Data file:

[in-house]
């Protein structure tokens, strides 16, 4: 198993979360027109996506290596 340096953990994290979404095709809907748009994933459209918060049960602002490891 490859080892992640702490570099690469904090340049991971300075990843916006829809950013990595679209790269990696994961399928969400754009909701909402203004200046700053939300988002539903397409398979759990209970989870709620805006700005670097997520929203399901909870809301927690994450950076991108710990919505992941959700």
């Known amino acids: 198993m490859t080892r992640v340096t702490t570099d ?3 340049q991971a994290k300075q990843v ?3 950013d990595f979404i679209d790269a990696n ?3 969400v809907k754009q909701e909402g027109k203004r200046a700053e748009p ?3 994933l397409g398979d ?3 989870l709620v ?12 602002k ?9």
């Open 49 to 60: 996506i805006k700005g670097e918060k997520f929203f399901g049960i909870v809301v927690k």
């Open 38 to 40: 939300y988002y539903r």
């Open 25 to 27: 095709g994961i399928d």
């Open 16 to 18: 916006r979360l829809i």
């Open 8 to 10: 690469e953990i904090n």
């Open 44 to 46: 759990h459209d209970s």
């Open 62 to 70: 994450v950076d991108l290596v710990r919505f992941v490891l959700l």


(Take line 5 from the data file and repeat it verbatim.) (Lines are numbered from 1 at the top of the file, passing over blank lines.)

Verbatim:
């Open 38 to 40: 939300y988002y539903r």